National Aeronautics and Space Administration
Lyndon B. Johnson Space Center
Houston, Texas 77058
C. GORDON FULLERTON
NASA ASTRONAUT (DECEASED)
On August 21, 2013, C. Gordon Fullerton passed away due to complications from a stroke.
In December 2007, Fullerton retired from NASA and his post of Associate Director of Flight Operations at NASA's Dryden Flight Research Center, Edwards, California. His assignments included a variety of flight research and support activities piloting the 747 Shuttle Carrier Aircraft (SCA) and other multi-engine and high performance aircraft.
Fullerton, who logged 382 hours in space flight, was a NASA astronaut from September 1969 until November 1986 when he joined the Flight Crew Branch at Dryden. In July 1988, he completed a 30-year career with the U.S. Air Force and retired in the rank of colonel.
As the project pilot on the NASA B-52 launch aircraft, Fullerton flew during the first six air launches of the commercially developed Pegasus space vehicle. He was involved in a series of development air launches of the X-38 Crew Recovery Vehicle and in the Pegasus launches for the X-43A Hyper-X advanced propulsion project.
Fullerton had been involved in numerous other research programs at Dryden. He was the project pilot on the Propulsion Controlled Aircraft program, during which he successfully landed both a modified F-15 and an MD-11 transport with all control surfaces neutralized, using only engine thrust modulation for control.
Fullerton also flew Drydenís DC-8 Airborne Science aircraft, regularly deployed worldwide to support a variety of research studies, including atmospheric physics, ground mapping and meteorology.
Assigned to evaluate the flying qualities of the Russian Tu-144 supersonic transport during two flights in 1998, he reached a speed of Mach 2 and became one of only two non-Russian pilots to fly that aircraft.
He led a project that utilized a Convair 990 modified to test space shuttle landing gear components during many very high-speed landings.
Other projects for which he had flown in the past included the C-140 JetStar Laminar Flow Control; F-111 Mission Adaptive Wing; F-14 Variable Sweep Flow Transition; Space Shuttle drag chute and F-111 crew module parachute tests with the B-52; X-29 vortex flow control; and the F-18 Systems Research Aircraft.
With more than 16,000 hours of flying time, Fullerton piloted 135 different types of aircraft, including full qualification in the T-33, T-34, T-37, T-38, T-39, F-86, F-101, F-104, F-106, F-111, F-14, F-15, F/A-18, X-29, KC-135, C-140, B-47, T-38, B-52, B-747, G-1159 and T-34C.
Fullerton graduated from U.S. Grant High School, Portland, Oregon. He earned a Bachelor of Science and Master of Science in Mechanical Engineering from the California Institute of Technology, Pasadena, California, in 1957 and l958, respectively.
Fullerton entered the U. S. Air Force in July 1958 after working as a mechanical design engineer in the Flight Test Department of Hughes Aircraft Co., Culver City, California.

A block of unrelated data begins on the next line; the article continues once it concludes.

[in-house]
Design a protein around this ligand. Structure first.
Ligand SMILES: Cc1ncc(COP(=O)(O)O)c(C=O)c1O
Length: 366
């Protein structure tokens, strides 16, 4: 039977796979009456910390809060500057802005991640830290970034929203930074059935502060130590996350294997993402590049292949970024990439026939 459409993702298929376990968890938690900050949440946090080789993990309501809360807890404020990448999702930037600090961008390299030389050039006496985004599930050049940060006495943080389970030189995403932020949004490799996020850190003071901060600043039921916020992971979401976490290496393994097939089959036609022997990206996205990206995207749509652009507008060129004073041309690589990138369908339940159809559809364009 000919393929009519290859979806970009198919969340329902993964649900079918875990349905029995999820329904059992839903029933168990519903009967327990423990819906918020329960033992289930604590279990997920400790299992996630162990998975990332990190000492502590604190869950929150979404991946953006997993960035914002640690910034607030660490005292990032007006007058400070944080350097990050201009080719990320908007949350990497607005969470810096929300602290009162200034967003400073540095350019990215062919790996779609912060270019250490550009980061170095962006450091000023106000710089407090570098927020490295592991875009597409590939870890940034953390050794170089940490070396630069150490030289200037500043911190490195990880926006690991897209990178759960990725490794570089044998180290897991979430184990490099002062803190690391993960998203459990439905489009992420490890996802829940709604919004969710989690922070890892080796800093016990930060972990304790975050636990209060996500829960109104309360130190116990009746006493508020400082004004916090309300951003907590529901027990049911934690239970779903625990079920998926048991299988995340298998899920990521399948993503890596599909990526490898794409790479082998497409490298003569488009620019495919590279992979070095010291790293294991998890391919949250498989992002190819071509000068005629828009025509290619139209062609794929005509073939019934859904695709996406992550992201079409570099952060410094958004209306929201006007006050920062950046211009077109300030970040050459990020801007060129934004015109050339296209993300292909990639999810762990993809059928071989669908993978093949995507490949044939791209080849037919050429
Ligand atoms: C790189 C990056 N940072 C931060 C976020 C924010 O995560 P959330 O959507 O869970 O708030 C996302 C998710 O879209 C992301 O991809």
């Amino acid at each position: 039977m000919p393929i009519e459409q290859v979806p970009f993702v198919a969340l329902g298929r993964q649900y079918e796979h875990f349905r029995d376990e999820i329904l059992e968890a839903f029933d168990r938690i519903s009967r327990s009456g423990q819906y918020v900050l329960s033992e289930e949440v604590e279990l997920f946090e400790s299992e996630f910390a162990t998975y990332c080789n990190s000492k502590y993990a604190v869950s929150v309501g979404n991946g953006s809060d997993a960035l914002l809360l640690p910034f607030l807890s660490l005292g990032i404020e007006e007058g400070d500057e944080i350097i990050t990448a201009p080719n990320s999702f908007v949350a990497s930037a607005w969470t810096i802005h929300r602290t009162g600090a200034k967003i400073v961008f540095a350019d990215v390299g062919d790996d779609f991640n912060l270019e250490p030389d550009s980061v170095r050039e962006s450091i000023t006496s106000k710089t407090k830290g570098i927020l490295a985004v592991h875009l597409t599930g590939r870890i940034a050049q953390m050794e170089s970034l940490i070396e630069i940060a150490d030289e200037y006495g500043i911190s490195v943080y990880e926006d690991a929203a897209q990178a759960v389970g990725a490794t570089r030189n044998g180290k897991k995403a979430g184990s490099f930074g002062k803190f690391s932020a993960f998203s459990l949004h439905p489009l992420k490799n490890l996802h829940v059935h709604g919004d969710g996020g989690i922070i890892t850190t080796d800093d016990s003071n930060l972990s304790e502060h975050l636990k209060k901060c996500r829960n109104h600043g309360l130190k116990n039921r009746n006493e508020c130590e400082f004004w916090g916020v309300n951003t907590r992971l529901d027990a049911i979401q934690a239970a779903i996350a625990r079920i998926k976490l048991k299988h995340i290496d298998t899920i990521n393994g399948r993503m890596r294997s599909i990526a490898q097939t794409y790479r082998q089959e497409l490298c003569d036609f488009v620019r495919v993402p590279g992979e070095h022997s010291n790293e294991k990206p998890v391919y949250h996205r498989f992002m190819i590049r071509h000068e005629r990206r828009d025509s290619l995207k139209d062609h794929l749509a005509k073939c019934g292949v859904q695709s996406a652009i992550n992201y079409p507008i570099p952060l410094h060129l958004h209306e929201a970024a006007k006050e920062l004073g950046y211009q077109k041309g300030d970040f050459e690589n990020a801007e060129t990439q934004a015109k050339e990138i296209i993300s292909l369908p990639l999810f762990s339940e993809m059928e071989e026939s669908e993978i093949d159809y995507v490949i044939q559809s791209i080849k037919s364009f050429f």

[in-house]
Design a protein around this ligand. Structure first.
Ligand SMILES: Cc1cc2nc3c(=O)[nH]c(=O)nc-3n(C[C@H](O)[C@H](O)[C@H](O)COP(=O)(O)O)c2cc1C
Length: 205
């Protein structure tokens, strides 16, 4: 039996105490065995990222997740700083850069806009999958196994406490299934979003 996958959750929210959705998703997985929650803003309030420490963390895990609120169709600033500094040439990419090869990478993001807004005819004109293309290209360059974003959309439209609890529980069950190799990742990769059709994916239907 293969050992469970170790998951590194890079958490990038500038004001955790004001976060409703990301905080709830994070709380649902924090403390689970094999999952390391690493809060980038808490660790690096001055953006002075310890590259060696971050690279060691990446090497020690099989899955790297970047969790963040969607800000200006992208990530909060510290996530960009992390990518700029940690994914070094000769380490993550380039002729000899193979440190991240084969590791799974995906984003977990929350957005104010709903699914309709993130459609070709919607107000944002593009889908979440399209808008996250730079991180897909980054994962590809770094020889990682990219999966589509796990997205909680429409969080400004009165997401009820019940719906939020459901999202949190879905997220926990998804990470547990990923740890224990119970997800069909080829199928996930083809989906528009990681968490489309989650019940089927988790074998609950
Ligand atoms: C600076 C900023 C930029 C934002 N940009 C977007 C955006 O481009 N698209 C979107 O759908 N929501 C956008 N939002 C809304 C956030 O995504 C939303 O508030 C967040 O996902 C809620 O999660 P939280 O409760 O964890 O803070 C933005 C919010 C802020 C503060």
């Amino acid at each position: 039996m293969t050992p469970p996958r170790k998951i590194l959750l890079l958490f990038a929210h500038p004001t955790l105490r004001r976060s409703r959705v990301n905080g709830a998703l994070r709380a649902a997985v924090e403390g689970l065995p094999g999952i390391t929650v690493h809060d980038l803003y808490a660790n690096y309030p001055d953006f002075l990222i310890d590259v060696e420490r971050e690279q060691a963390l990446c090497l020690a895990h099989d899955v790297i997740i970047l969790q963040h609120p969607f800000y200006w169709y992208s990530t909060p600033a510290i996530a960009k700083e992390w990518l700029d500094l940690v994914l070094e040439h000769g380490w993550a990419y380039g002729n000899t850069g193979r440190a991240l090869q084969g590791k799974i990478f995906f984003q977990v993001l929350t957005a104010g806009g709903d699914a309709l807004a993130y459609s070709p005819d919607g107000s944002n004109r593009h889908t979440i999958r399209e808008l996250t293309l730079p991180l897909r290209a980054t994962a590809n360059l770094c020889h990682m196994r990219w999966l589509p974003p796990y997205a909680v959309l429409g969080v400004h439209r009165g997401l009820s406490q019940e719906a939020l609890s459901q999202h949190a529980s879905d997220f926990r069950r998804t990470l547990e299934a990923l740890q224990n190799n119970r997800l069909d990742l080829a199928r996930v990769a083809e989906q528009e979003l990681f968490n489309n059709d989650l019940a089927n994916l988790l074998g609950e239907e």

After flight school, he was trained as an F-86 interceptor pilot and later became a B-47 bomber pilot at Davis-Monthan Air Force Base, Tucson, Arizona. In 1964, he was selected to attend the Air Force Aerospace Research Pilot School (now the Air Force Test Pilot School), Edwards Air Force Base, California. Upon graduation he was assigned as a test pilot with the Bomber Operations Division at Wright-Patterson Air Force Base, Dayton, Ohio. Fullerton served as a flight crew member for the Air Force Manned Orbiting Laboratory program from 1966 through 1969.
After assignment as an astronaut to the NASA Johnson Space Center, Houston, Texas, Fullerton served on the support crews for the Apollo 14, 15, 16, and 17 lunar missions. In 1977, Fullerton was assigned to one of the two flight crews that piloted the space shuttle prototype Enterprise during the Approach and Landing Test Program at Dryden.
Fullerton was the pilot on the eight-day STS-3 space shuttle orbital flight test mission from March 22 to 30, 1982. The mission exposed the orbiter Columbia to extremes in thermal stress and tested the 50-foot Remote Manipulator System used to grapple and maneuver payloads in orbit. STS-3 landed at White Sands, New Mexico, because Rogers Dry Lake at Edwards was wet due to heavy seasonal rains.
Fullerton was commander of the STS-51F Spacelab 2 mission launched on July 29, 1985. This mission, with the orbiter Challenger, was the first pallet-only Spacelab mission and the first to operate the Spacelab Instrument Pointing System (IPS). It carried 13 major experiments in the fields of astronomy, solar physics, ionospheric science, life science and materiel science (a super fluid helium experiment). The mission ended August 6, 1985, with a landing at Dryden.
Among the special awards and honors Fullerton received are the Iven C. Kincheloe Award from the Society of Experimental Test Pilots in 1978; Department of Defense Distinguished Service and Superior Service Medals; Air Force Distinguished Flying Cross; NASA Distinguished and Exceptional Service Medals; NASA Space Flight Medals in 1983 and 1985; General Thomas D. White Space Trophy; Haley Space Flight Award from the American Institute of Aeronautics and Astronautics; American Astronautical Society Flight Achievement Awards for 1977, 1981 and 1985; the Certificate of Achievement Award from the Soaring Society of America and the Ray E. Tenhoff Award from the Society of Experimental Test Pilots in 1992 and 1993.
Fullerton was inducted into the Astronaut Hall of Fame in 2005 and the International Space Hall of Fame in 1982. He was a Fellow of the Society of Experimental Test Pilots; member of Tau Beta Pi, an engineering honorary fraternity; honorary member of the National World War II Glider Pilot Association and a Fellow of the American Astronautical Society.
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